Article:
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In Speeches, Clinton Often Veers to Dark Side

By Anne E. Kornblut
Washington Post Staff Writer
Thursday, April 3, 2008

It almost always comes when the audience least expects it: the moment Sen. Hillary Rodham Clinton brings a roaring crowd to a hush with a heart-rending anecdote.

"I remember listening to a story about a young woman in a small town along the Ohio River, in Meigs County, who worked in a pizza parlor," the Democratic presidential candidate said during a stop in Cleveland, beginning a particularly grim tale.

"She got pregnant, she started having problems. There's no hospital left in Meigs County, so she had to go to a neighboring county. She showed up, and the hospital said, 'You know, you've got to give us $100 before we can see you.' She didn't have $100," Clinton said.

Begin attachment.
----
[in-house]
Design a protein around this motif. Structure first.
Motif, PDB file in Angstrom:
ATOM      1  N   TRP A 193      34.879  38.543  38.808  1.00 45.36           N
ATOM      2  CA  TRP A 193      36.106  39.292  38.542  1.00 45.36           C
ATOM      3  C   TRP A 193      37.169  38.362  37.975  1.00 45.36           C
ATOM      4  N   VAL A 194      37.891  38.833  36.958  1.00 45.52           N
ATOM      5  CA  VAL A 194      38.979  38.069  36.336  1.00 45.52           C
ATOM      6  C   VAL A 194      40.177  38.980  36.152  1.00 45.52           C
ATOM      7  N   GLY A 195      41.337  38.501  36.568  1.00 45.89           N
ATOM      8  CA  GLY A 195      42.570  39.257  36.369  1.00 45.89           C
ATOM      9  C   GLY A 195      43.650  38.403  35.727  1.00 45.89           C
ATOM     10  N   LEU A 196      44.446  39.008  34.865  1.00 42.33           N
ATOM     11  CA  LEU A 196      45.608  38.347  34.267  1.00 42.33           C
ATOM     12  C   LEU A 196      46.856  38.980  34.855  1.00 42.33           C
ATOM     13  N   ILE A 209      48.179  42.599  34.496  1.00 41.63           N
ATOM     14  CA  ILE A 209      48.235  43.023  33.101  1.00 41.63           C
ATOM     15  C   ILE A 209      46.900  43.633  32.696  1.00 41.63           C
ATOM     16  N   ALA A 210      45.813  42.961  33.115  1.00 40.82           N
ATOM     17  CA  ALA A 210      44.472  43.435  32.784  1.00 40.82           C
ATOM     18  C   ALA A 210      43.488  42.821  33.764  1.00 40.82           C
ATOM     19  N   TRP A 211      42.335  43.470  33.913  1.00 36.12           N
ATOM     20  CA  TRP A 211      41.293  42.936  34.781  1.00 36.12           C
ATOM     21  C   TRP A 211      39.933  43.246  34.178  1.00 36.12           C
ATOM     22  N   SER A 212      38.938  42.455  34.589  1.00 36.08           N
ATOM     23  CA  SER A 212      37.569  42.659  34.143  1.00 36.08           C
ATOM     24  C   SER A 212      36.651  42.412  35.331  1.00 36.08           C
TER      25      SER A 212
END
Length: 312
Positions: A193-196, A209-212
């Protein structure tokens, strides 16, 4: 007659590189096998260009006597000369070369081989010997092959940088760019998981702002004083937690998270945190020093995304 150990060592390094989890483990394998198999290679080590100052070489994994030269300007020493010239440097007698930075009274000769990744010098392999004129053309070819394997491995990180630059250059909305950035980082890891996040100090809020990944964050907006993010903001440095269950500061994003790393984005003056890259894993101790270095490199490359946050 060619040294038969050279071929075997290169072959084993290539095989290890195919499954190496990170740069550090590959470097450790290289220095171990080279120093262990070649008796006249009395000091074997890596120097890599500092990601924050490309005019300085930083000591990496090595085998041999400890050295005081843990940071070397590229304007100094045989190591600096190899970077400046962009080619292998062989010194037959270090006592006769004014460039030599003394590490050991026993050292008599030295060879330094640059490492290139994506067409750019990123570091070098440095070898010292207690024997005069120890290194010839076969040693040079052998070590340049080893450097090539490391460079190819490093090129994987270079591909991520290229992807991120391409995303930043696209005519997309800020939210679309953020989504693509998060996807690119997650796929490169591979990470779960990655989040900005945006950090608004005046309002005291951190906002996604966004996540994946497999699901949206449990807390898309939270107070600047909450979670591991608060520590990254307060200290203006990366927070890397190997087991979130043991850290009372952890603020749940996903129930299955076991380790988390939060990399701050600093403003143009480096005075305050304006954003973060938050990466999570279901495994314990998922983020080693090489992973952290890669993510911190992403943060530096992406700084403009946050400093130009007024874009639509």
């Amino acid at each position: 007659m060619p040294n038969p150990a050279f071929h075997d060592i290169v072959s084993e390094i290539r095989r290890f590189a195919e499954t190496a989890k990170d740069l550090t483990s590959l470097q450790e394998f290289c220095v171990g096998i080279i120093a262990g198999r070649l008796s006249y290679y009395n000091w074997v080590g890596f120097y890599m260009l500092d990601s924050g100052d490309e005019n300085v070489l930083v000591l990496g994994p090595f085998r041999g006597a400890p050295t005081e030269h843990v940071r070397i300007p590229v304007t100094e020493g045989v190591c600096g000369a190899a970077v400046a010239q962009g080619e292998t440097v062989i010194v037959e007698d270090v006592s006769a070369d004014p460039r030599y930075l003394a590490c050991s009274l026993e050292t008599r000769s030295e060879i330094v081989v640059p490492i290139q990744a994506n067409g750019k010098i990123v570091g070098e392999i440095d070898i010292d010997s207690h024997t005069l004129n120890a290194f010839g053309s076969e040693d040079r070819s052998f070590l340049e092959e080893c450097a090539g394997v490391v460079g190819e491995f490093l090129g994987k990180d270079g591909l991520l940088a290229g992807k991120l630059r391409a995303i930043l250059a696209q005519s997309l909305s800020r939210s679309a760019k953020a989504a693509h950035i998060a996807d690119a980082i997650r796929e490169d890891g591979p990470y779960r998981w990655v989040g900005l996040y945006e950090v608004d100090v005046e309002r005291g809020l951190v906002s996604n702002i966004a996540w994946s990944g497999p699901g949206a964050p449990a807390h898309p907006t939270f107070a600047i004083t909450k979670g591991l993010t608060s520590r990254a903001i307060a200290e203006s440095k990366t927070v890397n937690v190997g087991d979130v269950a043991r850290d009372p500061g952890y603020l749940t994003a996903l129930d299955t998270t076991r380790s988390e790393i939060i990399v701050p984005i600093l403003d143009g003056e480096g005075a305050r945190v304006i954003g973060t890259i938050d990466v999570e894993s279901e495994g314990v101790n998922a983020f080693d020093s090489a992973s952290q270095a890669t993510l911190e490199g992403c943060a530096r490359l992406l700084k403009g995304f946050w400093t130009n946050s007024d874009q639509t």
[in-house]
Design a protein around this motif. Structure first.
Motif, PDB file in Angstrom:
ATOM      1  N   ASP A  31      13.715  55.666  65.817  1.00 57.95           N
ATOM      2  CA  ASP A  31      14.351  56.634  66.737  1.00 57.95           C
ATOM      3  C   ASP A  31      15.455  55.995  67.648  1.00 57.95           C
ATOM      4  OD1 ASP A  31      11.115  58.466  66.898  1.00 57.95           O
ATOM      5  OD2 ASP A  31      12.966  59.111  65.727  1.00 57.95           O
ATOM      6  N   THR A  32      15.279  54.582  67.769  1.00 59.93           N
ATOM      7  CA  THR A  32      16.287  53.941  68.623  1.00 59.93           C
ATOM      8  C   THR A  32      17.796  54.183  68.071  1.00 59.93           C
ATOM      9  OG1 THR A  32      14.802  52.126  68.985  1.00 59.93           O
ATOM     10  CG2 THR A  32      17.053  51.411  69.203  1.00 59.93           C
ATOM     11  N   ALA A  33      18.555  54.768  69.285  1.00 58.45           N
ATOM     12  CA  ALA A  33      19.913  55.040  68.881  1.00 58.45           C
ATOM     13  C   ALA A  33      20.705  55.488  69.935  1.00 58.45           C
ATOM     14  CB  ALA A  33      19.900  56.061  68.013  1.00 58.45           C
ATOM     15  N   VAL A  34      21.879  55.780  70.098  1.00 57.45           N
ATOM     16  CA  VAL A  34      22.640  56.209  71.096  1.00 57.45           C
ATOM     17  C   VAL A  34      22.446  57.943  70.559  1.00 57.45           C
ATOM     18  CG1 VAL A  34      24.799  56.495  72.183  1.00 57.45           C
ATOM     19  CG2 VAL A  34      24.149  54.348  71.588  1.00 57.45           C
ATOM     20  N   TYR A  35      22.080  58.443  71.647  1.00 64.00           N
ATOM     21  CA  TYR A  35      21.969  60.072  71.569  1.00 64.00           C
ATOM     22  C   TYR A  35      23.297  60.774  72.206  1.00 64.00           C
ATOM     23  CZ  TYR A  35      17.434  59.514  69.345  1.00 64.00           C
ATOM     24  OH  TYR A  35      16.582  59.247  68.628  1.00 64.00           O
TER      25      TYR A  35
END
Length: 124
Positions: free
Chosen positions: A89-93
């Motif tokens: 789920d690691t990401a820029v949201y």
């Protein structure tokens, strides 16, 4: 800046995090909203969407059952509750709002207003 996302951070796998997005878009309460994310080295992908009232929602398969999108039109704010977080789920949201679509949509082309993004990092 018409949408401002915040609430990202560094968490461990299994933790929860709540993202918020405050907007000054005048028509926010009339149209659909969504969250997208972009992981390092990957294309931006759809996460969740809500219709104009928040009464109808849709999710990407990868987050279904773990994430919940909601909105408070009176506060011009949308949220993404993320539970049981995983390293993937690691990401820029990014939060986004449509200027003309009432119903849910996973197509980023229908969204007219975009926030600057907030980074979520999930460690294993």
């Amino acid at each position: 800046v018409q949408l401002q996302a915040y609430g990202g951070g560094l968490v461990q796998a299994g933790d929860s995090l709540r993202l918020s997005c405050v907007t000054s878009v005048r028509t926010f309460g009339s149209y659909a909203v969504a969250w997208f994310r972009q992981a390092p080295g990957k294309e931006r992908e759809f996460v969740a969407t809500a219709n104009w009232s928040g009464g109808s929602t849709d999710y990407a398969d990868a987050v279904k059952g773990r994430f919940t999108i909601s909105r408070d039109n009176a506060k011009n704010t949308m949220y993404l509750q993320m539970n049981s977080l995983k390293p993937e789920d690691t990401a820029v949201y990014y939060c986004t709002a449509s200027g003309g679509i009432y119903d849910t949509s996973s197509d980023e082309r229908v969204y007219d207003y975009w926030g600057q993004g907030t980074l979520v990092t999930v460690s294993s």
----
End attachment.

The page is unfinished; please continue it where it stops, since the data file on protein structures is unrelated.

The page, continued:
"So the young woman went back home," she continued. "The next time she went back, she was in an ambulance. It turned out she lost the baby. She was airlifted to Columbus."

She paused before concluding: "And after heroic efforts at the medical center, she died." The audience, as always, gasped.

The story has become a staple of Clinton's stump speech, a prime example of how, in a campaign year in which lofty phrases have taken center stage, she has rejected sweeping oratory -- "just words," as her campaign likes to accuse Democratic rival Barack Obama of offering -- in favor of a dramatic speaking style all her own.

In hushed tones, sometimes with palpable sadness in her voice, Clinton tells dark, difficult anecdotes picked up on the campaign trail. They often relate to health matters, culled from her conversations with voters, and are designed to illustrate a policy point.